Empowering Students, Clients and Communities
The master's degree in Clinical Mental Health Counseling combines rigorous coursework and 700 hours of supervised counseling experiences in mental health settings to prepare students to become licensed professional counselors in the state of Montana. The master's degree in School Counseling engages students in rigorous coursework and supervised counseling experiences in K-12 schools to meet Montana licensure requirements for this high demand field. The Education Specialist degree in Counseling is a unique, flexible program intended for professionals seeking to expand their credentials.
National Counseling Exam (NCE) pass rate
LCPC and licensed school counselor in Montana
job placement rate 18 months post-degree completion
The new 2019 addition to the Phyllis J. Washington College of Education provides specially designed classrooms and clinical spaces, including state-of-the-art technology to enhance student experiences through opportunities for live supervision and recording.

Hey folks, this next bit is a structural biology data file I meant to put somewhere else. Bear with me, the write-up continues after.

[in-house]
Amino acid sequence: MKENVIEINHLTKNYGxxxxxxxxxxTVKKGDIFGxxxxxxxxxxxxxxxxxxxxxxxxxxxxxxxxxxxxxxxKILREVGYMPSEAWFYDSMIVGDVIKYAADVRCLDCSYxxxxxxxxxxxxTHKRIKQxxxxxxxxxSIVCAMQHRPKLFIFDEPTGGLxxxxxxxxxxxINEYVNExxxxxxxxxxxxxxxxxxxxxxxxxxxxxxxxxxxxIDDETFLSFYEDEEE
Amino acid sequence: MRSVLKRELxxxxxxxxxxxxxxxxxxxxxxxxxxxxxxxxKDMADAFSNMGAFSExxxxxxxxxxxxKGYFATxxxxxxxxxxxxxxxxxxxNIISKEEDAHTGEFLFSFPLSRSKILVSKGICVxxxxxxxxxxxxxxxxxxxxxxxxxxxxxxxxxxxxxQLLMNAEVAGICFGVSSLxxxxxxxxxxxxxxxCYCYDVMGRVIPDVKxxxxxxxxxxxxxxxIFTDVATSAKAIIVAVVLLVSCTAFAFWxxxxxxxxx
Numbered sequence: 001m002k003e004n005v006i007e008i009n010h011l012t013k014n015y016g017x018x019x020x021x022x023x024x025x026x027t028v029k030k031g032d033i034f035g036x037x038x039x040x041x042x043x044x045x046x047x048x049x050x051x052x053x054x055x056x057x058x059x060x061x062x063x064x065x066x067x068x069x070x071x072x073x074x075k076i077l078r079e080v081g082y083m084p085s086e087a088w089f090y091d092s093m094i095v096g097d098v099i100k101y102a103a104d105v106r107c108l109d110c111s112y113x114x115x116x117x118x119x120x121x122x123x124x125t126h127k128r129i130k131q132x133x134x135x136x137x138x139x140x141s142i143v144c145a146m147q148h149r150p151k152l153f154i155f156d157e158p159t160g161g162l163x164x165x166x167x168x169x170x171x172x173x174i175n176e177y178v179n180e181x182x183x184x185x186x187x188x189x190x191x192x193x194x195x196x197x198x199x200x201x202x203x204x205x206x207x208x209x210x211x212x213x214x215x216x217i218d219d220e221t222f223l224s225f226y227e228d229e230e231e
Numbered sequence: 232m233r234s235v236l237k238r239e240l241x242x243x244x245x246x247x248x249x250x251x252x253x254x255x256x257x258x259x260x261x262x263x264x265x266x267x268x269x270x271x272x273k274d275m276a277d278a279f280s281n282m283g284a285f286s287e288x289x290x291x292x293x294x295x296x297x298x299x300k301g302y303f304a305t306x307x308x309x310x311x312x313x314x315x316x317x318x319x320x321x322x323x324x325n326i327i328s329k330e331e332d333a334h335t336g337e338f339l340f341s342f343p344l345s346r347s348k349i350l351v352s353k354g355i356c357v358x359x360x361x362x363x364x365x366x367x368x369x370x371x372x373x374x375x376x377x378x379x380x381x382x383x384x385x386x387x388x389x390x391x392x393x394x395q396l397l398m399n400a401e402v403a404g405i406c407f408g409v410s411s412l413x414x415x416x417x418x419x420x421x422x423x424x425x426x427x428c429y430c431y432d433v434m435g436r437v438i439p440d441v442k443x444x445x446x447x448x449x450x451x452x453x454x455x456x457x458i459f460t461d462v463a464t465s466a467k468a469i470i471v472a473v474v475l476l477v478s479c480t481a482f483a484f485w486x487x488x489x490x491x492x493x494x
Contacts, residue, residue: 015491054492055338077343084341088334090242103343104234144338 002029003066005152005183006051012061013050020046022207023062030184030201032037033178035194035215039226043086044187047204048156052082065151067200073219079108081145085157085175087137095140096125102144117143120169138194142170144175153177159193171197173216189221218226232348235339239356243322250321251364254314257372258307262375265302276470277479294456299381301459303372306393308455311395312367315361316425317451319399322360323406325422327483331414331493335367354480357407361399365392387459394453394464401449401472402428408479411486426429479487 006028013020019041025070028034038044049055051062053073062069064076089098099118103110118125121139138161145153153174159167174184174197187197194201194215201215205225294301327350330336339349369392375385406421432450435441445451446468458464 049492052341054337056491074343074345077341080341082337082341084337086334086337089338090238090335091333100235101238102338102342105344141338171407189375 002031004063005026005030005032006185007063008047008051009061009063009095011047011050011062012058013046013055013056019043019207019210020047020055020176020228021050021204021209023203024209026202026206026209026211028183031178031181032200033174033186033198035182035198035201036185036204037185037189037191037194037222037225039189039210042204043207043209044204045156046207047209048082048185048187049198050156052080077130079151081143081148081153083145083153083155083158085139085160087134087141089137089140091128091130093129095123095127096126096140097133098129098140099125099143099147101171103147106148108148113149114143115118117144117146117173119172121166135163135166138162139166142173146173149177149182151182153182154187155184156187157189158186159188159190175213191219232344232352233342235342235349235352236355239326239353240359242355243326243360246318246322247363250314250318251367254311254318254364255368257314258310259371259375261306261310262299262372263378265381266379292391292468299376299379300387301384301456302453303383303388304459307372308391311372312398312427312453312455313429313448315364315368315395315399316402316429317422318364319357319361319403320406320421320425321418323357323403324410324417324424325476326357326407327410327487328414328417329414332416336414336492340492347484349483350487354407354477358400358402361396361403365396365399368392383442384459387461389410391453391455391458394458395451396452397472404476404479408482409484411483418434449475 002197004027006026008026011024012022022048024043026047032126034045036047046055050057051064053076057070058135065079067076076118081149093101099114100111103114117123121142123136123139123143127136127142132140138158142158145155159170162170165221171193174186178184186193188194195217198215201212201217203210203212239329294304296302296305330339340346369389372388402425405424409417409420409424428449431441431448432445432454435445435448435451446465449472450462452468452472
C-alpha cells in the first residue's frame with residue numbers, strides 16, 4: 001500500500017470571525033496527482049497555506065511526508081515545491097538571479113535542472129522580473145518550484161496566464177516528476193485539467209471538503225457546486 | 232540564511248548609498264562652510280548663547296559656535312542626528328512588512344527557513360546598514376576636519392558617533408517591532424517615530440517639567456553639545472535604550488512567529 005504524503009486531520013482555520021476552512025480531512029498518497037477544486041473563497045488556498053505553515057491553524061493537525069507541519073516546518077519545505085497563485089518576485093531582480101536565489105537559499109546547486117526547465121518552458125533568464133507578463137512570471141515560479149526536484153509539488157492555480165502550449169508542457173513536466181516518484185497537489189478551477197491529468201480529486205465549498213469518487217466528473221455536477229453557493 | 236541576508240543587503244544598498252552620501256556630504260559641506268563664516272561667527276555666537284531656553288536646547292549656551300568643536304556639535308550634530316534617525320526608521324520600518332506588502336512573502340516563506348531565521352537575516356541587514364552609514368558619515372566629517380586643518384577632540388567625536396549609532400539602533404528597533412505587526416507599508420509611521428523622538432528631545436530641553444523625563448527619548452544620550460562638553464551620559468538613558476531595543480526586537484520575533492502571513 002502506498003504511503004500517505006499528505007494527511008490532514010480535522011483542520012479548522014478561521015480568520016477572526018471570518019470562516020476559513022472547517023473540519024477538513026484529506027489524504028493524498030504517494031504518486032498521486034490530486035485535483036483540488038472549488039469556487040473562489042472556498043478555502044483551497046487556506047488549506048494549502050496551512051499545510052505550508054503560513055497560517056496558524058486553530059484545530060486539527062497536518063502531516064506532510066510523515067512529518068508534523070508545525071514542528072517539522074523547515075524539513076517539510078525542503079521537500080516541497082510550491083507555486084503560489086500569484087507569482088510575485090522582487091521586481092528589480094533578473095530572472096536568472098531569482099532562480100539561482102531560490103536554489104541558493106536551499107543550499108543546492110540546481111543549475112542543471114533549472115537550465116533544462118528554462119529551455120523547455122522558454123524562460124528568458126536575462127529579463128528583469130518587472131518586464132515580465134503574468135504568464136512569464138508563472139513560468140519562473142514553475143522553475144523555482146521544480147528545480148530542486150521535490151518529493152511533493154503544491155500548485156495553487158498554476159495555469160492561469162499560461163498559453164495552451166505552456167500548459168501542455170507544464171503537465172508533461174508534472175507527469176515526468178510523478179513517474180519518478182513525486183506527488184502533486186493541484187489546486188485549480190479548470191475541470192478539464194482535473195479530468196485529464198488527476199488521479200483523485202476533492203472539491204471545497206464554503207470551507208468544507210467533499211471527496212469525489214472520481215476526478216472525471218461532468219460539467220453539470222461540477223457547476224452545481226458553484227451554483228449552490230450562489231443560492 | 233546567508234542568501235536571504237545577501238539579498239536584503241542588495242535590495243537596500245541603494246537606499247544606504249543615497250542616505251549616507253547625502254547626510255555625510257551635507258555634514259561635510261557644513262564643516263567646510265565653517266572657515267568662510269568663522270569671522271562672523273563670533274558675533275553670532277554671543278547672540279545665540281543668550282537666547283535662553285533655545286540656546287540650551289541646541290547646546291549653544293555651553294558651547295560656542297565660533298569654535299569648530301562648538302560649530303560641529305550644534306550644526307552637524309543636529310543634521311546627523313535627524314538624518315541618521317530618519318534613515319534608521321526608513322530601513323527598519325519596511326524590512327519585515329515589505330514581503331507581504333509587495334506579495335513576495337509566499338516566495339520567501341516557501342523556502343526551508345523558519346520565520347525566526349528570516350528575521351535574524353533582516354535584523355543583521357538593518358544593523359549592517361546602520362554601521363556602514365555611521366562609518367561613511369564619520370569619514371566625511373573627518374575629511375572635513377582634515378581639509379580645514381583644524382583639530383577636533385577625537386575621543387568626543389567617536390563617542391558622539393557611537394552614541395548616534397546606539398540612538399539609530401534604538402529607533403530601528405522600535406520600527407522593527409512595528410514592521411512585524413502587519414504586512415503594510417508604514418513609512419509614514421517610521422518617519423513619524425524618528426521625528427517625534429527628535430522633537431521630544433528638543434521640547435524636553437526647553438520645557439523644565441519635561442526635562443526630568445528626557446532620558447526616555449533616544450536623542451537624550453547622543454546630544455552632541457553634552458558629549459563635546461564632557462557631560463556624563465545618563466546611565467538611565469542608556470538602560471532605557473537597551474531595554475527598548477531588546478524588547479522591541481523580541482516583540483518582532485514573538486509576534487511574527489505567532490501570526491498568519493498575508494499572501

Meaningful Internship Opportunities
School Counseling interns are placed in schools throughout Montana to provide individual, group and classroom guidance to children in grades P-12.
Practice Innovative Service Delivery
Faculty-led grants provide students the opportunity to practice tele-counseling and face-to-face counseling in rural and underserved schools.
Graduate student Naomi Hasenyager says students can expect a safe and welcoming space for learning and growing. “I have found the staff and faculty to be incredibly supportive, intentional, and invested in my well-being,” she says. “There is something for everyone here. Your experience is truly what you make it, and there is the freedom to choose and experience so many opportunities.”
Associate Professor Veronica Johnson speaks from experience when she says Missoula is a special place. “We really do care about our students,” she says. After earning her undergraduate and graduate degrees from UM, Johnson left for a time but soon found herself drawn back to campus where she says she feels “so lucky” to live and work.